Basket 108 is designed to be placed within container 102. Basket 108 includes a plurality of recesses 112 for holding needle cartridges 12. Recesses 112 are preferably generally cylindrical in shape and more preferably are designed to provide a friction fit with at least a portion of a needle cartridge 12. Alternatively, recesses 112 are shaped to provide a form fit with needle cartridges 12. As shown in FIG. 5, recesses 112 are tapered such that recesses 112 form a friction fit with needle cartridges 12 over a bottom portion of needle cartridges 12. Recesses 112 thereby hold needle cartridges 12 by limiting their lateral movement within container 102 in order to prevent breakage or release of the radioactive material from the needle cartridges 12.
Basket 108 may be vacuumed-formed, molded or injection molded, for example, and is preferably made from plastic or other suitable material. Basket 108 may be made from, for example, nucleated polypropylenes, polysulfones, polycarbonates, high temperature acrylics or polyether sulfones.
Basket 108 stabilizes needle cartridges 12 during shipment and isolates needle cartridges 12 from direct contact with container 102. In a preferred embodiment of the invention, basket 108 is sterilizable. As such, basket 108 may be placed in a sterilization unit, such as an autoclave or other conventional sterilization means, to facilitate handling and sterilization of the needle cartridges 12 or may be sterilized together with container 102. Top 106 is preferably a slip-on lid as shown in FIG. 5 having a downwardly facing peripheral side portion 107 which fits snugly over the outer edge of container 102. Top 106 is shown in a bottom view in FIG. 7 to show the downwardly extending side portion 107.
Basket 108 may include drain ports 118 located in the bottom of each recess 112 of basket 108 to allow liquids to drain from recesses 112 to facilitate cleaning and sterilization of basket 108 including the inner surfaces of recesses 112. In addition, basket 108 may include a peripheral lip 122 to raise the bottom of basket 108 above the lower surface of lower portion 104 of container 102 as shown in FIG. 5 to provide a space where liquid may drain through drain ports 118. Basket 108 also preferably includes a circumferential lip 116 as shown in FIG. 5 which provides a friction or slip-fit with the inside edge of lower portion 104 of container 102.
Packing foam or plastic 126 may be employed to secure needle cartridges 12 in basket 108 as shown in FIG. 5. Packing foam or plastic 126 may be any suitable packing foam or plastic and may come in the forms described above for foam or plastic insert 26 of the first embodiment of the present invention.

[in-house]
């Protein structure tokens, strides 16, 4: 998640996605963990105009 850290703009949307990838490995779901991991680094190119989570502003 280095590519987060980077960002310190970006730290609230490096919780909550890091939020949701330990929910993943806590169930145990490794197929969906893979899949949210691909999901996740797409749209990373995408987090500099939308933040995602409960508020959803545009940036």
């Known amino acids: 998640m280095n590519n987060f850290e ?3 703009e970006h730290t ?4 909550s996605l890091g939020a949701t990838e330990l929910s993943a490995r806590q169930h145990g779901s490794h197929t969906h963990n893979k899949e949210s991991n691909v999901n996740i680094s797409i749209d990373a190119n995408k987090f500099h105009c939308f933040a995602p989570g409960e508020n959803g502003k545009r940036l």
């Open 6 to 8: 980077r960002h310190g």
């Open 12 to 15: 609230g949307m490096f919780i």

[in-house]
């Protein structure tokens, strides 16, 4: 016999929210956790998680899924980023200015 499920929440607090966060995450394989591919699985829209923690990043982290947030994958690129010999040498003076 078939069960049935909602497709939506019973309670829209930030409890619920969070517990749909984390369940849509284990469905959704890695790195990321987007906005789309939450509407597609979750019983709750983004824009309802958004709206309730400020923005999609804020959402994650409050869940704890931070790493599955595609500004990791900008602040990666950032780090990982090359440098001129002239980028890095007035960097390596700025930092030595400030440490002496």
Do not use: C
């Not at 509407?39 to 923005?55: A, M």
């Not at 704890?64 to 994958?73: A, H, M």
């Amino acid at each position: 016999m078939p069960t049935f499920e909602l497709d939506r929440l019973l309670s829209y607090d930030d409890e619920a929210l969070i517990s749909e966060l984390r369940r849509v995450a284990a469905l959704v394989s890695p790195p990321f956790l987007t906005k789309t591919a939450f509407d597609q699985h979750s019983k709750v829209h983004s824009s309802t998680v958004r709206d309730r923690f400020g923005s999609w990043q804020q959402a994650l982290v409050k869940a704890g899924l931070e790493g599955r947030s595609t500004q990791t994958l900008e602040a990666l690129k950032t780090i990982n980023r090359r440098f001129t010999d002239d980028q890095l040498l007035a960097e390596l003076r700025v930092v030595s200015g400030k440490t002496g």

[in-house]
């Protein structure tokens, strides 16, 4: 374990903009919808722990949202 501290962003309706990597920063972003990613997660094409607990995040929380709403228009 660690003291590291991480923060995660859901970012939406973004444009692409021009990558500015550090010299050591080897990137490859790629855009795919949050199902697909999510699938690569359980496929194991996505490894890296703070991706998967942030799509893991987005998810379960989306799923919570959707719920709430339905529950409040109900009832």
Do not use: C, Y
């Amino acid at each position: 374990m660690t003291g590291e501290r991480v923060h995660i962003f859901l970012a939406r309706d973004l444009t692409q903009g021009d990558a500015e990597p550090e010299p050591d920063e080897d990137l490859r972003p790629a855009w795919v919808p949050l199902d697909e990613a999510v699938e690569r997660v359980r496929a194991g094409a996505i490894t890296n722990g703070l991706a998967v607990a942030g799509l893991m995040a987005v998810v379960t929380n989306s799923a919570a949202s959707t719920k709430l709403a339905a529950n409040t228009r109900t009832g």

Referring now to FIG. 6, there is shown a top view of container 102 with the top 106 removed and which is completely filled with twenty-five needle cartridges 12. As shown in the figure, basket 108 may include a plurality of ribs 130 to provide structural integrity to basket 108. Basket 108 may accommodate twenty-five needle cartridges 12 in the embodiment shown although other suitable embodiments can include more or less needle cartridges 12 as desired.
FIG. 7 shows a bottom view of top 106 showing the downwardly extending side portion 107 which extends around the circumference of top 106.
Container 102 may be used in the same manner as container 2 described above. Also, top 106 may include additional radiation shielding material in order to provide further shielding against radiation emitted in the vertical direction from needle cartridges 12.
These and other embodiments and uses of the invention will be apparent to those skilled in the art from consideration of the specification and practice of the invention disclosed herein. For example, containers may be altered to accept needle cartridges of various sizes and shapes. The specification and examples should be considered exemplary only. The scope of the invention is to be determined by the claims appended hereto.
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|U.S. Classification||250/506.1, 600/7, 600/8|
|International Classification||A61M36/00, A61N5/10, G21F5/018|
|Cooperative Classification||A61N5/1027, G21F5/018, A61N2005/1009|
|Dec 15, 2000||AS||Assignment|
|Aug 5, 2003||CC||Certificate of correction|
|Mar 15, 2005||DC||Disclaimer filed|
Effective date: 20040430
|Mar 28, 2006||FPAY||Fee payment|
Year of fee payment: 4
|Jun 7, 2010||REMI||Maintenance fee reminder mailed|
|Oct 29, 2010||LAPS||Lapse for failure to pay maintenance fees|
|Dec 21, 2010||FP||Expired due to failure to pay maintenance fee|
Effective date: 20101029